Micro-CT Imaging of Porous Ceramics

Figure 1: Rendered image of ceramic media with pores identified in red

Rendered Video of a Porous Ceramic Filter

Porous ceramics are used for functional and structural applications from filtration, absorption, and catalysts to lightweight structural components. As filtration devices, they are used to remove contaminants — similar to how water from aquifers seeps through layers of rock, water in a porous ceramic filter permeates natural media to rid itself of impurities. We used micro-CT to examine a porous ceramic to quantify pore size distribution and porosity throughout a ceramic tube.

X-Ray Microscopy Imaging of Ceramics

To examine pore size and distribution within ceramic materials, we utilized the high-resolution SkyScan 1272 desktop micro-CT. Ceramic imaging is a great application for micro-CT as ceramics are rigid, have pore distributions, and are of reasonable density. For this study, we utilized a 2×2 binning of the 16MP CCD detector present in the SkyScan 1272 to image the entire ceramic cylinder at an isotropic voxel size of 8.5µm. The power to bin the detector in SkyScan instruments allows the user to best balance time and resolution for imaging as higher binning produces faster scans, albeit at lower resolutions. 

Figure 2: Planar 2D views through the ceramic cylinder

In inspecting the results from the ceramic cylinder, we see several distinct features present in DataViewer (Figure 2). From the image, we see the bulk ceramic, the pores distributed throughout, and defects such as the crack visible in the lower left image radiating from the outside of the cylinder towards the inside but not fully reaching the lumen.  

Figure 3: 3D clipped view of the ceramic cylinder

Moving to a volumetric rendering in CTVox, we see the presence of some extra ceramic deposits within the lumen as well as a large void inside one of the walls (Figure 3). The ability to interactively review imaging data in 3D from a SkyScan instrument within CTVox can often help identify unusual or interesting features of note within the sample that may not always be as evident from a planar 2D view.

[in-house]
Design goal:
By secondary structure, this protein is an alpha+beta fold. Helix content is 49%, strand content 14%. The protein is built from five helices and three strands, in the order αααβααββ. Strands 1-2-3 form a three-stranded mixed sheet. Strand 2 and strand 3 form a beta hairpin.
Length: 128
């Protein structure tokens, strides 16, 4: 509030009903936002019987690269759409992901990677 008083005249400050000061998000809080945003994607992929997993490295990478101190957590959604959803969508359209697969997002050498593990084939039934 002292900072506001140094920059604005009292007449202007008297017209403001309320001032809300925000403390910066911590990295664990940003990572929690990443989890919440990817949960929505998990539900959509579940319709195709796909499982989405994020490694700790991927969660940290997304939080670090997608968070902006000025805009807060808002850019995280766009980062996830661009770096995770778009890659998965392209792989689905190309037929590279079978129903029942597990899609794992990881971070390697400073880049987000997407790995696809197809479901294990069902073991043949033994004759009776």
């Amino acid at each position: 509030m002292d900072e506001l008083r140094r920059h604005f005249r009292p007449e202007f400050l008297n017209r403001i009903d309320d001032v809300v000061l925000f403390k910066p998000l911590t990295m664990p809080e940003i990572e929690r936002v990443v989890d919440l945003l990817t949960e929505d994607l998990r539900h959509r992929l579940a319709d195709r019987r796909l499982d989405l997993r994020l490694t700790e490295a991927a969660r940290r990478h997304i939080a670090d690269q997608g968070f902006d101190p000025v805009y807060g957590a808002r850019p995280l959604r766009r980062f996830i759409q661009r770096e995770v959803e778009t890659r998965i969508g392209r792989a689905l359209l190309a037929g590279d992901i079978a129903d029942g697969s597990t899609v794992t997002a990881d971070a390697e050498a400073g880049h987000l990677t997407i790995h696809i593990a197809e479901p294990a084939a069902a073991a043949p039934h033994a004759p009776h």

Figure 4: 3D view of the pores quantified within the cylinder

After using CTAn to calculate the pore size distribution, a color-coded map of pores by diameter can be exported (Figure 4). For this sample, the average pore size was determined to be 42.1±25.7µm with an overall porosity of 4.9% of the volume of the cylinder. 

Figure 5: 3D view of the quantified ceramic structure thickness values

Likewise, CTAn also allows us to quantify the thickness distribution of the ceramic to give us a better idea of the average thickness of the struts within the ceramic (Figure 5). For this cylinder, the average thickness was 183±45.0µm with a total volume of about 3000 mm3 and a surface area of about 20000mm2

Figure 6: Calculated ceramic thickness distribution for filtration cylinder

Examining the quantitative analysis results further, we extracted the size distribution plot from the ceramic portion of the sample (Figure 5). In this case, we see a normal Gaussian distribution centered around the average thickness of the sample (~180µm). If the sample had distinct regions of higher and lower porosity we would instead expect to see multiple peaks in the distribution. The single Gaussian peak present in this sample tells us that the pore distribution is fairly uniform throughout the sample despite the presence of a few larger pores identified earlier.  


The SkyScan 1272 provided both the appropriate power and the resolution to image a ceramic filtration cylinder. Both the quantitative pore distribution as well as the thickness distribution of the ceramic were determined, allowing us to examine the uniformity of the pore distribution within the sample. We hope you found this Image of the Month informative and encourage you to subscribe to our newsletter and social media channels in preparation for the continuation of our image of the month series next month. 

Scan Specifications

Sample Ceramic Cylinder
Voltage (kV) 100
Current (µA) 100
Pixel Size (µm) 8.5
Rotation Step 0.2
Scan Time (HH:MM:SS) 03:10:13

These scans were completed on our desktop SkyScan 1272 system at the Micro Photonics Imaging Laboratory in Allentown, PA. Reconstructions were completed using NRecon 2.1 and visualization of 2D and 3D results were completed using DataViewer and CTVox. 

Would you like your work to be featured in our monthly newsletter? If so, please contact us by calling Seth Hogg at 610-366-7103 or e-mailing seth.hogg@microphotonics.com


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